One would think that with yield chasing investors increasing their exposure to dividend paying securities these days, the yields on energy master limited partnerships (MLPs) would no longer be attractive. Yet despite the nearly 50% rally in the MLP space this year, attractive yields still remain. (For a quick refresher, check out Discover Master Limited Partnerships.)

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What To Look For
Energy MLPs operate as partnerships that are exempt from standard corporate taxation by distributing over 90% of income to unit holders (the MLP terminology for shareholder). As such, these entities operate in stable revenue generating businesses to ensure stability of cash flow.

In the case of MLPs that sell oil and gas, they use hedges to reduce exposure to price volatility. Since none of us can predict the future of prices, a good conservative hedge book of prices can determine the strength of an MLPs future cash flows, and hence its payout.

Attractive Opportunities
Sifting through the MLP space, there are a few names that offer excellent yields while maintaining quality business operations. Of course since they all operate within the energy sector, any abrupt shocks in the industry will affect these partnerships, although one can expect less volatility due to price hedges.

MLPs like Boardwalk Pipeline Partners (NYSE:BWP) and Plains All American (NYSE:PAA) both engage in the transportation of oil and gas through owned pipelines and gathering systems. Both currently yield over 7%, nearly 5% over 10-year Treasury's and double the yield of many quality blue chips. The ownership of pipelines has been a very difficult business lately as declining energy prices make it more difficult for many to meet debt obligations. In normal environments, it is sensible to use debt to finance stable cash flow producing assets. But when business declines along with disappearing credit markets, things can get real tough real quick.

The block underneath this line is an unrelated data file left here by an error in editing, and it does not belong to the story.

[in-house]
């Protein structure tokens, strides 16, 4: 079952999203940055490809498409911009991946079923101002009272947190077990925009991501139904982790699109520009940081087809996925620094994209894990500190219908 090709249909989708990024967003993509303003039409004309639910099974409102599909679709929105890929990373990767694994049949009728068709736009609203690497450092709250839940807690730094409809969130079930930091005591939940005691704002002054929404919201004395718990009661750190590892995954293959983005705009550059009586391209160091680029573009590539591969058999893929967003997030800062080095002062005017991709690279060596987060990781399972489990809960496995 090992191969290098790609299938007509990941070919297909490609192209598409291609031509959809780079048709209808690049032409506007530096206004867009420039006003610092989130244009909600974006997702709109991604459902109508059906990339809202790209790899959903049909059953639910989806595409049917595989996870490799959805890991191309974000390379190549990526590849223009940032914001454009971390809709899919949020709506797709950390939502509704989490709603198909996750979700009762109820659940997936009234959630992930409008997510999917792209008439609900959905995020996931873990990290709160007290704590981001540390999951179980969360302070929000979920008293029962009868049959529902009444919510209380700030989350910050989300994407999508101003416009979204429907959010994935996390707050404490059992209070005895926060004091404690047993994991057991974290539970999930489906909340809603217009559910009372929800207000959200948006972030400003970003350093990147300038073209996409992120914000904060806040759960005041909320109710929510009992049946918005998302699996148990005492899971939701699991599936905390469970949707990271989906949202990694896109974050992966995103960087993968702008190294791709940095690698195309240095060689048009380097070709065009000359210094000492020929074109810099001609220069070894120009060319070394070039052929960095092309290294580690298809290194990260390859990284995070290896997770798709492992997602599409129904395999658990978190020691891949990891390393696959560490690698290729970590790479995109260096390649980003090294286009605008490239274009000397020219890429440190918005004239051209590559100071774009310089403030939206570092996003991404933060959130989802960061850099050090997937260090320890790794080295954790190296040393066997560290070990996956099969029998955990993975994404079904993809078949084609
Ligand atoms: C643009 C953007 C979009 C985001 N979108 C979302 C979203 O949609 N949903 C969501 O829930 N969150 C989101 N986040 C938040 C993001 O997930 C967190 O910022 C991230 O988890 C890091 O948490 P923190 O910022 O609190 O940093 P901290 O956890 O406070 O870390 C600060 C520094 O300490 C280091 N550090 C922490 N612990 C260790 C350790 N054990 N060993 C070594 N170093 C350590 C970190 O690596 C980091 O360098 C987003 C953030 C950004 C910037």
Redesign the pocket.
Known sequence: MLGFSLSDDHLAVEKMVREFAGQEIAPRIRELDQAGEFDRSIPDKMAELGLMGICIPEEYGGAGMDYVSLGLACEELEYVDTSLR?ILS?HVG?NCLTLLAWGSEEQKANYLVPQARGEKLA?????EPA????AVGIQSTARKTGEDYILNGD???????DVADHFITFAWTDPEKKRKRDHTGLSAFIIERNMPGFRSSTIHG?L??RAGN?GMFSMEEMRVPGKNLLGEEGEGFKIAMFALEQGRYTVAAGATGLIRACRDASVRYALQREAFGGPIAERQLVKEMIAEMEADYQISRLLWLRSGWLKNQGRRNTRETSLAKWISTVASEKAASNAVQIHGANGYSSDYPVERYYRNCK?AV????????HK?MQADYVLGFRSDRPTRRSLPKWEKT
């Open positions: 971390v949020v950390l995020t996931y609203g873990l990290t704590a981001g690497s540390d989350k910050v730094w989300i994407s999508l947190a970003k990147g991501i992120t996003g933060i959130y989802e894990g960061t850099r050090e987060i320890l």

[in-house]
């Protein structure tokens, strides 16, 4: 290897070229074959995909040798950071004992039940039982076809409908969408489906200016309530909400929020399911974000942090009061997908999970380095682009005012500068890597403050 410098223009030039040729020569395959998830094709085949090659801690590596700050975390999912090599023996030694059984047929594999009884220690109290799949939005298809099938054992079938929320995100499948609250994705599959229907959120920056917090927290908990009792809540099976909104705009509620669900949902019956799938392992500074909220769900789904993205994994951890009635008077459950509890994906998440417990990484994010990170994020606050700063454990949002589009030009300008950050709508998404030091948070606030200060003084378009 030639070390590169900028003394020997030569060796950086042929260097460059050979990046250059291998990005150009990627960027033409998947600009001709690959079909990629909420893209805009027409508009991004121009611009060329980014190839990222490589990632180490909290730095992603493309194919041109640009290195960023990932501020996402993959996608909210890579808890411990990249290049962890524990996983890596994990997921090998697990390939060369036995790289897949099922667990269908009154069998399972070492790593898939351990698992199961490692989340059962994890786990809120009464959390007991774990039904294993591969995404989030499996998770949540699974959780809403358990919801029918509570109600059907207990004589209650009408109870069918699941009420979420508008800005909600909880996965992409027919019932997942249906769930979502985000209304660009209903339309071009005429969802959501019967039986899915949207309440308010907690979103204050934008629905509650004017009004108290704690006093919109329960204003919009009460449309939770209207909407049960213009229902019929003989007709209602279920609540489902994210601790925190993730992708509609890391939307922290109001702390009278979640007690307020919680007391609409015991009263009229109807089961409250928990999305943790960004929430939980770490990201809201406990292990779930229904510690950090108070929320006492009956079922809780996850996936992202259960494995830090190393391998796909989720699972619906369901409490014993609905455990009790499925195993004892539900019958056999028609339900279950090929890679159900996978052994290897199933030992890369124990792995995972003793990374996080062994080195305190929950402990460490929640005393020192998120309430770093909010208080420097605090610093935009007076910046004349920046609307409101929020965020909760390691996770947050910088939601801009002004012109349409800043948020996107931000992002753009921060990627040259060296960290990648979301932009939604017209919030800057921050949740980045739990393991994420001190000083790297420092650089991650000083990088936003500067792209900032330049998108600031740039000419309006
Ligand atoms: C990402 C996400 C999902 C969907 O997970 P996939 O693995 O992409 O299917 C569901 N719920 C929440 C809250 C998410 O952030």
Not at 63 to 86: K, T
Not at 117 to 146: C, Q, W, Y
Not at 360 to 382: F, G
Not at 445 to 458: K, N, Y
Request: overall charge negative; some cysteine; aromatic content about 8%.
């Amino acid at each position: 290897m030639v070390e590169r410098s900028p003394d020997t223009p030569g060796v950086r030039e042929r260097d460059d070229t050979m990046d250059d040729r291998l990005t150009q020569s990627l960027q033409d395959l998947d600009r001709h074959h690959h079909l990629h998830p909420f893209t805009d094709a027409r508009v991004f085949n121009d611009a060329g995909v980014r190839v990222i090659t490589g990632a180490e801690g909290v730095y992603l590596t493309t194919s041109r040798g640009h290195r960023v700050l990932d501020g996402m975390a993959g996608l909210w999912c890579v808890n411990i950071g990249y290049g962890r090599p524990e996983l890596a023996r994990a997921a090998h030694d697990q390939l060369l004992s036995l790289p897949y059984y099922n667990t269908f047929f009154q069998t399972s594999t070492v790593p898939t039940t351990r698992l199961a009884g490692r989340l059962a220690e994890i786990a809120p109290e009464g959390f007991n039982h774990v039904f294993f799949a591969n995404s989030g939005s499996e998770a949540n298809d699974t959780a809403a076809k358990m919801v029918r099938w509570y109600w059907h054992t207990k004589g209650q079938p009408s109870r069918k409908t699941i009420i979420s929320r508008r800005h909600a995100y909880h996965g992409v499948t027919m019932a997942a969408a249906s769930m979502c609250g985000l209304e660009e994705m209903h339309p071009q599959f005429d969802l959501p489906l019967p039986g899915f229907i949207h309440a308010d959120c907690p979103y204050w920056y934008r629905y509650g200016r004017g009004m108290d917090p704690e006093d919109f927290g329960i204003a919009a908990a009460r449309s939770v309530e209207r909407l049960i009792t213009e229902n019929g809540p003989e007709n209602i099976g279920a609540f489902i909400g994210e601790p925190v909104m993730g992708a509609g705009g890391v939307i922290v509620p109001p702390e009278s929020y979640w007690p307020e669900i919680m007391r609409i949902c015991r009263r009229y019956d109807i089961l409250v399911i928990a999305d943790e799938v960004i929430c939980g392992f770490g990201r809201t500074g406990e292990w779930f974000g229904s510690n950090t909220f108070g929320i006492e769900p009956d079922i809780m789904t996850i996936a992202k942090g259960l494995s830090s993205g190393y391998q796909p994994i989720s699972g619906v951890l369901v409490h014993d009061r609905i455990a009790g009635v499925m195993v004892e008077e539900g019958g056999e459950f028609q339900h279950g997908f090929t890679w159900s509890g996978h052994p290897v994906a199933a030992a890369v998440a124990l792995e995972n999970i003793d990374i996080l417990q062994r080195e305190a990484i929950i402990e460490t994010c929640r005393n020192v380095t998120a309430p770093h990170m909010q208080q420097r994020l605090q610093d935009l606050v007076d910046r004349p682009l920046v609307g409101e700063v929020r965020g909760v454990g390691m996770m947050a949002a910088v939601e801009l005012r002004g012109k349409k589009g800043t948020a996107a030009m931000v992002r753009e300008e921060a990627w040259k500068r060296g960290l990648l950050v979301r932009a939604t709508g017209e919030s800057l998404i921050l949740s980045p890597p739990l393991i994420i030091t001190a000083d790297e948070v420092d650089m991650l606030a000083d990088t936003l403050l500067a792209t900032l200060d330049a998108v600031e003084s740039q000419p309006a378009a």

Boardwalk and Plains are no exceptions to the debt scenario, yet both seem in better shape than many. Boardwalk also happens to have conglomerate Loews (NYSE:L) as the controlling partner, a somewhat comforting notion. Penn West Energy Trust (NYSE:PWE), a Canadian company, currently yields 10.3%, a product of a monthly cash distribution.

Canadian energy trusts have been shaken up recently as investors digest the sector's prospects regarding tax changes set to take place in 2011. Certainly 2010 should be an interesting year for the stocks, as most of the trusts will likely convert to corporations ahead of a 2011 tax law change. Penn West along with Pengrowth (NYSE:PGH), another Canadian energy trust yielding about 9%, have already outlined plans for conversion due to the new legislation. (For related reading, check out Drilling For Big Tax Breaks.)

The Bottom Line
Yields, despite how high and attractive they may seem, are not a sole reason to invest in any company. However, the relative premium one gets from energy MLPs are very attractive when one couples them with the best in the lot. (For more, see Income Funds 101.)

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